Are serotonin transporter knockout mice 'depressed'? Hypoactivity but no anhedonia

Allan V. Kalueff*, Pamela S. Gallagher, Dennis L. Murphy

*Corresponding author for this work

Research output: Contribution to journalArticlepeer-review

71 Citations (Scopus)


Although the serotonin transporter is a key target for antidepressants, its exact role in depression etiology remains unclear. While serotonin transporter knockout mice are a potential model to examine this problem, their depression profile is unclear in several 'despair' tests, and may be confounded by their hypoactivity phenotype (confirmed here by marble-burying and bedding tests). To assess depression in these mice, we evaluated wild-type, heterozygous, and serotonin transporter knockout C57BL/6 male mice on a well-validated, anhedonia-based depression paradigm, the sucrose preference test. Overall, all three genotypes showed similar sucrose preference, indicating an unaltered hedonic state. These results demonstrate that depression-like behavior (unlike hypoactivity) is not a baseline phenotypic feature of serotonin transporter knockout mice, suggesting anew that these mice do not represent a genetic model of depression.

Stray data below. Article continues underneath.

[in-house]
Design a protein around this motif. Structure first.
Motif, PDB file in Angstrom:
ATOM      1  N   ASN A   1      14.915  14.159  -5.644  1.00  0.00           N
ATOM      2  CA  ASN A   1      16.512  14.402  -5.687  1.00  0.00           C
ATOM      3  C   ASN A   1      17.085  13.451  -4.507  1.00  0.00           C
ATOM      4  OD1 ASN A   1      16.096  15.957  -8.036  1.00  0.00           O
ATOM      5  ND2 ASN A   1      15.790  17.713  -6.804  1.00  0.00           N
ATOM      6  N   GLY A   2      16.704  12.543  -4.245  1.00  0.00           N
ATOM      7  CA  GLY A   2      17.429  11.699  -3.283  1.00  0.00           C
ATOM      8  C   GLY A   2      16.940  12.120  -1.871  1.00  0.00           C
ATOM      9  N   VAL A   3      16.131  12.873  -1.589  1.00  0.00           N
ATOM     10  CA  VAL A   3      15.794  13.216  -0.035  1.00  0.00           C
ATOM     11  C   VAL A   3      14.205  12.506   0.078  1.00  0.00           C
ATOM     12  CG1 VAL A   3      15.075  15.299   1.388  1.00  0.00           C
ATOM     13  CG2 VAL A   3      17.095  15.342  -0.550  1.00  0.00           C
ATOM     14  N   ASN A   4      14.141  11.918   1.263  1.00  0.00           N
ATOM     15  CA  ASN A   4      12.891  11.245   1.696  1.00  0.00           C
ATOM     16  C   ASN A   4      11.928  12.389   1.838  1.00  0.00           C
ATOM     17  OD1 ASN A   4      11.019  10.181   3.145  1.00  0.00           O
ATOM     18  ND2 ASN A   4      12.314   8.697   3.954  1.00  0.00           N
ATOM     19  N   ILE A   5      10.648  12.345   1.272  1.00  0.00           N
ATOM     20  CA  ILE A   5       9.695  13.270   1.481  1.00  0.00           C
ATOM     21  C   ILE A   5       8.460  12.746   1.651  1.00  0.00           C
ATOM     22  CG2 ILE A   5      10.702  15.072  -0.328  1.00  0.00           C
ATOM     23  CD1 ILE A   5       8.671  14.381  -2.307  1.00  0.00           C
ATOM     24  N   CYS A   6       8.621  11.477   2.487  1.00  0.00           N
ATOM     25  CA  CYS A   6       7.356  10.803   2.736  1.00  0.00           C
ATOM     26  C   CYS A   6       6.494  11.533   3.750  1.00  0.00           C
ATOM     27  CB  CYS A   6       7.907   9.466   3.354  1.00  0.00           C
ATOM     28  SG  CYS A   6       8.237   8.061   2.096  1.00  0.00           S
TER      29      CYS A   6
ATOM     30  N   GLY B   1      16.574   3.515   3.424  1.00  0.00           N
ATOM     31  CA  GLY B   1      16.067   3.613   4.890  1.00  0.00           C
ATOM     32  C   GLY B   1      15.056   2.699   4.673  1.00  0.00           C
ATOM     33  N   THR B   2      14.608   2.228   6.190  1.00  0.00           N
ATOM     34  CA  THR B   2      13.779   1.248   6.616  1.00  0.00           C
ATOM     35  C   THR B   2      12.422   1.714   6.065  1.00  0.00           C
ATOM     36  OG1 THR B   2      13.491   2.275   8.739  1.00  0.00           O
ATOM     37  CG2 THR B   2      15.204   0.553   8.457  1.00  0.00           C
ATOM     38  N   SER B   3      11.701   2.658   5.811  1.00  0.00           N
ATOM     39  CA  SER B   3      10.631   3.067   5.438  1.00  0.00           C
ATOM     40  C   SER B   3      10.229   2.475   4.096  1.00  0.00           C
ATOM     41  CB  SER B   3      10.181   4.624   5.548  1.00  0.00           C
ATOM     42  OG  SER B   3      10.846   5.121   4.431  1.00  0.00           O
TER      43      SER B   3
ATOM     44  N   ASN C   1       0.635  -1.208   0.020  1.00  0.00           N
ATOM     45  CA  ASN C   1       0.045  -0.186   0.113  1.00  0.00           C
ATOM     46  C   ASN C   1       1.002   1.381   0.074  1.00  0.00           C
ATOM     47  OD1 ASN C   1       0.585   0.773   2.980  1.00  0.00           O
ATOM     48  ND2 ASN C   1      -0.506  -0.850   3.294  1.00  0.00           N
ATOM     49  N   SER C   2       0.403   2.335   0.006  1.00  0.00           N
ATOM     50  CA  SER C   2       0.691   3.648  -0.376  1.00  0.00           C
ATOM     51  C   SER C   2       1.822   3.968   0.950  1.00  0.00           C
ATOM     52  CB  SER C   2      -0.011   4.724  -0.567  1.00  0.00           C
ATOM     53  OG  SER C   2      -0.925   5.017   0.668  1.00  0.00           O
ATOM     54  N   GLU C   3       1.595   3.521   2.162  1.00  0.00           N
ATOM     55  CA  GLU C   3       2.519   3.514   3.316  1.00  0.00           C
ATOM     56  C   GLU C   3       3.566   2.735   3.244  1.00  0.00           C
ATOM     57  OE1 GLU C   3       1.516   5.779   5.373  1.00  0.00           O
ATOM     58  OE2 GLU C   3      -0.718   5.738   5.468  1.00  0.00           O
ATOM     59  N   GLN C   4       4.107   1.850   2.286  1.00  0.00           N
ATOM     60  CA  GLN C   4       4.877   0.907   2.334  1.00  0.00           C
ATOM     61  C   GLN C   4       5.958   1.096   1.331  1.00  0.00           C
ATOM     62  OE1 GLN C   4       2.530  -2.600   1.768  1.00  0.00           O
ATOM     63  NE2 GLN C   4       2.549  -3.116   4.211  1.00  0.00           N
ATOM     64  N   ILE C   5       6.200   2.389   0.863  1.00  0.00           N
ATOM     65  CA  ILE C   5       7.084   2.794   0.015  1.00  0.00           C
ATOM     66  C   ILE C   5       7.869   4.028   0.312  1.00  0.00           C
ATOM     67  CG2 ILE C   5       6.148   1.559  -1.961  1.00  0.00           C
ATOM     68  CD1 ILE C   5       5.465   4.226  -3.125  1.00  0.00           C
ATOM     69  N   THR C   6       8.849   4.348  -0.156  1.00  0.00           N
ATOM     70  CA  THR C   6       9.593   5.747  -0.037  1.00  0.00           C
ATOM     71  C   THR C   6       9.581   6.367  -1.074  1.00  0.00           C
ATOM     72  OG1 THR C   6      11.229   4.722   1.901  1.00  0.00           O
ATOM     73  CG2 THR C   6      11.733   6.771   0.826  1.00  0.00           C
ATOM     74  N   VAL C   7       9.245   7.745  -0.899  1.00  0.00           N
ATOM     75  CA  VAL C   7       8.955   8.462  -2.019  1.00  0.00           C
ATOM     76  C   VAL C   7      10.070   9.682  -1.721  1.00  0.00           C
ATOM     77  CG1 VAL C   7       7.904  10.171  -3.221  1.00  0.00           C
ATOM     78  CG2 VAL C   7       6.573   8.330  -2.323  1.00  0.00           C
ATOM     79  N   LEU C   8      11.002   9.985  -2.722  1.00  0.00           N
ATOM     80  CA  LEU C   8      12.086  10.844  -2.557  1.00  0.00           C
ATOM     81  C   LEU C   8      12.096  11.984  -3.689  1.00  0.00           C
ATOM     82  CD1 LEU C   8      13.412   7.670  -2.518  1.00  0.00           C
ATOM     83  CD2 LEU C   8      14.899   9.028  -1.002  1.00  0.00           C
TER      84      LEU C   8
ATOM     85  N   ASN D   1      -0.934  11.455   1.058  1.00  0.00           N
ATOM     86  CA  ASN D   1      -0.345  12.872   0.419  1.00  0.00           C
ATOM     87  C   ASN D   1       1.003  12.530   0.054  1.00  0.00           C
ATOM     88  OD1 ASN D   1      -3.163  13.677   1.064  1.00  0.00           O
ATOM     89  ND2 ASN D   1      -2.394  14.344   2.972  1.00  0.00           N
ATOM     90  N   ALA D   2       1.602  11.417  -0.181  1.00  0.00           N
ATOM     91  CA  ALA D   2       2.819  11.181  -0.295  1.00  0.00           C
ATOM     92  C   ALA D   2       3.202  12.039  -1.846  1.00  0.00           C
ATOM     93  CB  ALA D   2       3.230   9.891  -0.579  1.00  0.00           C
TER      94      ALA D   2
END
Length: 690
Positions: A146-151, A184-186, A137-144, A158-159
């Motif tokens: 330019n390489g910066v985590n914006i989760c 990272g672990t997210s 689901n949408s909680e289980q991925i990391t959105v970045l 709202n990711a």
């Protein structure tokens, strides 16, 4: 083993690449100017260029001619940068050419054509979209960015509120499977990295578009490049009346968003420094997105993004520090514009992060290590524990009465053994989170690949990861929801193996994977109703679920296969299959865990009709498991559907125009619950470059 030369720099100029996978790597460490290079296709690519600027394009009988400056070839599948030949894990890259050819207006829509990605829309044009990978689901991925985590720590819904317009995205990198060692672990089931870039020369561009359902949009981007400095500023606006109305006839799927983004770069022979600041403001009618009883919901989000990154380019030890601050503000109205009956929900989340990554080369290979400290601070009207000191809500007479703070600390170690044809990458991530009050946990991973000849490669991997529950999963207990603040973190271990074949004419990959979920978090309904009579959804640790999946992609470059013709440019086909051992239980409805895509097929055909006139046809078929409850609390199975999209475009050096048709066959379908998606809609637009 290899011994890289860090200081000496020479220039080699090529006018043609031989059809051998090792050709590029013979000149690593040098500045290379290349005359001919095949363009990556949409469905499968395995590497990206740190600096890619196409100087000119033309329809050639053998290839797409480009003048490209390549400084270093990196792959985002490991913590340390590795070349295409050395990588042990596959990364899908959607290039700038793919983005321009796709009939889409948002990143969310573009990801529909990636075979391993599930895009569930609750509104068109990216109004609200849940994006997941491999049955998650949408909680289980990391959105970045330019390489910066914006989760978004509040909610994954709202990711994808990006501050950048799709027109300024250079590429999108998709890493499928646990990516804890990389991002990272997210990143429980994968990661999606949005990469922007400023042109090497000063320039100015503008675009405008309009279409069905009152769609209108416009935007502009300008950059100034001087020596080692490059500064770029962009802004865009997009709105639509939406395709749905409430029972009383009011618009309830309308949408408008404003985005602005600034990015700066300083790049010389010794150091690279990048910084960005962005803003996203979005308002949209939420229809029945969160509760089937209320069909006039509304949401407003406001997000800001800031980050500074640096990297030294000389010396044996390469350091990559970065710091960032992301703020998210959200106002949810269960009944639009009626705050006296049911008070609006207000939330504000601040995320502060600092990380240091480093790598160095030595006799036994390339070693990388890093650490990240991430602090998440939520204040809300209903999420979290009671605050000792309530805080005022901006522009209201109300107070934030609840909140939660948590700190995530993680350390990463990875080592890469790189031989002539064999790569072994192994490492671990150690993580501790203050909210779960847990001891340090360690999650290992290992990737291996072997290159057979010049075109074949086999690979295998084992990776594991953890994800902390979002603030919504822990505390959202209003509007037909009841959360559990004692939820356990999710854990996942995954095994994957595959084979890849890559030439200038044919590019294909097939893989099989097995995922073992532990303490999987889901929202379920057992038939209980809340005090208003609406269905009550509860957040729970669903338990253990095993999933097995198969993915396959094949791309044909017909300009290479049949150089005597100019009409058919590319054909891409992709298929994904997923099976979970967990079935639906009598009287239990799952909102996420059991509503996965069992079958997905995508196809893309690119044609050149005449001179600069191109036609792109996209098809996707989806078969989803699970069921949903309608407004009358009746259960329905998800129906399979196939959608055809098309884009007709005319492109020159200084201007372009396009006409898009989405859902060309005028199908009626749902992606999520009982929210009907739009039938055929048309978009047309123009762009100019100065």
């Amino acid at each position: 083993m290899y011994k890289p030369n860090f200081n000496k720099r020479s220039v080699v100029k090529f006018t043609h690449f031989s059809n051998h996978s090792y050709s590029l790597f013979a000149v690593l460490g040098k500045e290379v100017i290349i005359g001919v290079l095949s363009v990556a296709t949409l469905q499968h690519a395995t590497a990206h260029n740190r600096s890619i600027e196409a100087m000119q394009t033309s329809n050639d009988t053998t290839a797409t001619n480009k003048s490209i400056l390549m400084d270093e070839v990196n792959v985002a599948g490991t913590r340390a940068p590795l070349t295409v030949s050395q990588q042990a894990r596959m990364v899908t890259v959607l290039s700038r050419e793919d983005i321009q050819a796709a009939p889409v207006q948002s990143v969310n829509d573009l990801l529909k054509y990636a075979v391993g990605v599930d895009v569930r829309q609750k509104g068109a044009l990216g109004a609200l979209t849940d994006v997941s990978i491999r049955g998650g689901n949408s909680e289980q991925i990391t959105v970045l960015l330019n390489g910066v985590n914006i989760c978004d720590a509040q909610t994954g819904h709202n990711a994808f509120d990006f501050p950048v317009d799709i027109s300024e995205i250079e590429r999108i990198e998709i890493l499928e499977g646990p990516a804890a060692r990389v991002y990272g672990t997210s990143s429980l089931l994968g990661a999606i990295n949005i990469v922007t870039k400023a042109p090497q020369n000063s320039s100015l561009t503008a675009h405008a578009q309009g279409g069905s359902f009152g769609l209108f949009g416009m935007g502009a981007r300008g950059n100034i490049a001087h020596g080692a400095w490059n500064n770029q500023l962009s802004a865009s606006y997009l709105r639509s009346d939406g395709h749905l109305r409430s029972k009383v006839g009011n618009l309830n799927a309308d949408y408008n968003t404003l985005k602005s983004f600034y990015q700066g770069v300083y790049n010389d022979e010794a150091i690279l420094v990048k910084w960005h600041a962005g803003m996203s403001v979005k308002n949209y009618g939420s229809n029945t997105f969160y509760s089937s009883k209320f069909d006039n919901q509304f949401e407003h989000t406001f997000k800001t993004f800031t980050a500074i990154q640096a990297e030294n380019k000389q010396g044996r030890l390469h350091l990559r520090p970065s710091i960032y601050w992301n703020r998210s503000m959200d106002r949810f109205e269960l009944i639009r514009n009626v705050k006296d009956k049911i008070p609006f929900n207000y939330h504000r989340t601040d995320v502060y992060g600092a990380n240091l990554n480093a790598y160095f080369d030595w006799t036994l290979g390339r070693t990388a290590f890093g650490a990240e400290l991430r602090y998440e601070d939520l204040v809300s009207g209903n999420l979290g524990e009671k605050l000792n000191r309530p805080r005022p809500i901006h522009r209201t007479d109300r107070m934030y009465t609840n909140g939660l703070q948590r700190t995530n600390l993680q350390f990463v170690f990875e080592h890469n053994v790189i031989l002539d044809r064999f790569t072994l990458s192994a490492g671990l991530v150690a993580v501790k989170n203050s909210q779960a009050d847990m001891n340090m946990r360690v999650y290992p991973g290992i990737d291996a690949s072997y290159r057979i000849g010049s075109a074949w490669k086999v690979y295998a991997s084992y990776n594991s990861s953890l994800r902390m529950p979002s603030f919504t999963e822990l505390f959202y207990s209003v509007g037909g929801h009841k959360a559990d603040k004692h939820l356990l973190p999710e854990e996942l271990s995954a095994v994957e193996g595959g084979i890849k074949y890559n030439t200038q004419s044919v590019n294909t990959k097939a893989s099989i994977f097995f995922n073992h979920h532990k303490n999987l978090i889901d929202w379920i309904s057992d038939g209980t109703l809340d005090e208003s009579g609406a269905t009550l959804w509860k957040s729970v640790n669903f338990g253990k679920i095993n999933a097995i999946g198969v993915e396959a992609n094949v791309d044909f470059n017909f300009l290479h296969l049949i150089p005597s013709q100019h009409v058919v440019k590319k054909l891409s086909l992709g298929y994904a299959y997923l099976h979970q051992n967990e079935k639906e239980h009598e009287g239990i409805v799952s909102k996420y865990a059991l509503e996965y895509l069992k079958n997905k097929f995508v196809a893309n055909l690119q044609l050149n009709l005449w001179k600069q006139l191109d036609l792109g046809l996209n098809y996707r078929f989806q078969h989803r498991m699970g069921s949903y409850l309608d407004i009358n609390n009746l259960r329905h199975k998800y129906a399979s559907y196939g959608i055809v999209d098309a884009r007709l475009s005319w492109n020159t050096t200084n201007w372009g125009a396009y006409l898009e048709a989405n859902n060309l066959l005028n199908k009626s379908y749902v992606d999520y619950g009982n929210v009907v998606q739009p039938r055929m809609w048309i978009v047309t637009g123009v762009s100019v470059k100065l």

Original languageEnglish
Pages (from-to)1347-1351
Number of pages5
Issue number12
Publication statusPublished - Aug 2006
Externally publishedYes


  • Anhedonia
  • C57BL/6 genetic background
  • Depression
  • Hedonic behavior
  • Knockout mice
  • Serotonin transporter
  • Sucrose preference


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